Roselle is actually named for a crepe spreader, as crepes were meant to be their specialty.
“Dessert makes you happy,” is the motto plastered across one wall of the clean minimalist space where all the baking takes place.
Madeleines ($2.50) are on the simpler end of Roselle’s spectrum but nevertheless perfectly executed; fluffy and crumbly on the inside with a crispy exterior.
A raspberry madeleine has freeze-dried raspberries inside and a pearlescent glaze of raspberry puree with lemon and sugar, natural sweet tanginess throughout.
The Earl ($8) showcases precious layering technique, stacking crispy feuilletine, bergamot cremeux and a milk chocolate mousse and vanilla sponge both infused with Earl Grey.A Pistachio Honey St Honore ($8.50) might be the lightest dessert in rotation today, airy house puff pastry laden with pistachio cream, mini choux and fresh cream, all hiding a delicate crystallized honey centre.
The Banana Cream Pie Eclair ($7.50) has become such a reputed Toronto staple it actually made it into Amy Rosen’s Toronto Eats cookbook. Spongy yet crispy scratch choux is filled with a vanilla custard, beautifully piped whipped white chocolate ganache, and rum caramelized bananas.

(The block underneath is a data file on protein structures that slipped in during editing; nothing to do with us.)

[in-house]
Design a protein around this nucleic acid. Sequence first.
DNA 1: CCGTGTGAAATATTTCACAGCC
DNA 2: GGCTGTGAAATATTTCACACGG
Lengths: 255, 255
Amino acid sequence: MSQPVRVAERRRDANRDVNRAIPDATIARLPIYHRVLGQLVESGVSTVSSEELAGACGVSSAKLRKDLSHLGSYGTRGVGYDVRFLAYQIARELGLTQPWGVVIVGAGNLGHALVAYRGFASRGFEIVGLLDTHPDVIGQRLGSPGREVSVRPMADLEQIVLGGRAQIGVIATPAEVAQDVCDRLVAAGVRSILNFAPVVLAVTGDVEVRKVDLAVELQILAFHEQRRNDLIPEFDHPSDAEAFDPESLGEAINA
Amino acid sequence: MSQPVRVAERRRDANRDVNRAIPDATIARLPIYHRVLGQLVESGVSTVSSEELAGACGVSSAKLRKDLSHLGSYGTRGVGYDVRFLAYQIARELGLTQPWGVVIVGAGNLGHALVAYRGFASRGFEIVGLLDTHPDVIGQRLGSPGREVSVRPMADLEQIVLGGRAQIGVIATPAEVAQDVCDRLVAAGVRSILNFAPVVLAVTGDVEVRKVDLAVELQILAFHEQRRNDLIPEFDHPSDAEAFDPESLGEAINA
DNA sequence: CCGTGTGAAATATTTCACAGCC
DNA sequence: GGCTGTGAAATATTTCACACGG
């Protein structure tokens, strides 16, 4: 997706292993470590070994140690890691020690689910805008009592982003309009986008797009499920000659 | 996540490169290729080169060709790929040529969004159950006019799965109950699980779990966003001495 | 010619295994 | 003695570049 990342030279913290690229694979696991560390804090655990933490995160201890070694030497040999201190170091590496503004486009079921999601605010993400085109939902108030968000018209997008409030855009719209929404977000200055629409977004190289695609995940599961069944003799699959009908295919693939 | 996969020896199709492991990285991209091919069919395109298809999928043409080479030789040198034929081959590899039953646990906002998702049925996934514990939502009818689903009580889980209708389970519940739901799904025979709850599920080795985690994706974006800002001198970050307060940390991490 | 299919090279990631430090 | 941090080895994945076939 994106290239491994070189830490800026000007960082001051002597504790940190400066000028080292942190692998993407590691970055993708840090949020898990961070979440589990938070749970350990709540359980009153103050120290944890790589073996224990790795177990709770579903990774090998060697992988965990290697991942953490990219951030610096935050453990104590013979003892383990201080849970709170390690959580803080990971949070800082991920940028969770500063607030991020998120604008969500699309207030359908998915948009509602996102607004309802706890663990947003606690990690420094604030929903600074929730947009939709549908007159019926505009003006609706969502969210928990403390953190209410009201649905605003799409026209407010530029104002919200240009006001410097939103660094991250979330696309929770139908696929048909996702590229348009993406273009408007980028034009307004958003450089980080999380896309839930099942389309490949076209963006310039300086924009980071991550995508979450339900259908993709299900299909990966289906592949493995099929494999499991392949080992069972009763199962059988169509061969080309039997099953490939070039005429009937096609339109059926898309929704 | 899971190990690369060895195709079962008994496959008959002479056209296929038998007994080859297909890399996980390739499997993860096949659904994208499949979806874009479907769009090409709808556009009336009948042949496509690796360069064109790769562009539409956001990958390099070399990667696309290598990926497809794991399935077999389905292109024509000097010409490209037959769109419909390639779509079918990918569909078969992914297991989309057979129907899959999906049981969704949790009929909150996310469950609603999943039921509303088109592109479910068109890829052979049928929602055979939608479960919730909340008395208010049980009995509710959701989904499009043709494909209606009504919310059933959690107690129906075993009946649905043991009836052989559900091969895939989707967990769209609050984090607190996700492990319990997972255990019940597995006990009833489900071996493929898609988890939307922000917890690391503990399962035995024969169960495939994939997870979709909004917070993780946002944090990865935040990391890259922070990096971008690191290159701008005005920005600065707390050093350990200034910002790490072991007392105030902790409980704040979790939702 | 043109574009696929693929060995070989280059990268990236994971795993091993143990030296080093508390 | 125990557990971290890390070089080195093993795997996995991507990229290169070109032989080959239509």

Roselle’s soft serve ($5) has become legendary, also made from scratch in-store in rotating limited edition flavours like strawberries and cream.
It’s incredibly creamy and smooth yet rich with the perfect amount of density, and the popular Earl Grey flavour ripples through the ice cream, fragrant and toasty.
“Next level” your soft serve for just 50 cents and get a strictly prescribed combination of toppings added that make sense with the soft serve flavour on deck.
For Earl Grey it’s injected lemon cream and crispy white chocolate pearls that recall lemon and milk in tea, plus a mini earl grey shortie mimicking a cookie on the side.
Signature illustrative design throughout the store on tote bags, boxes and menus by Ginny Chen has become as synonymous with Roselle as the perfectionist aesthetic of the pastries.
Owners Stephanie Duong and Bruce Lee were trained at George Brown, but picked up their Michelin star technique in France.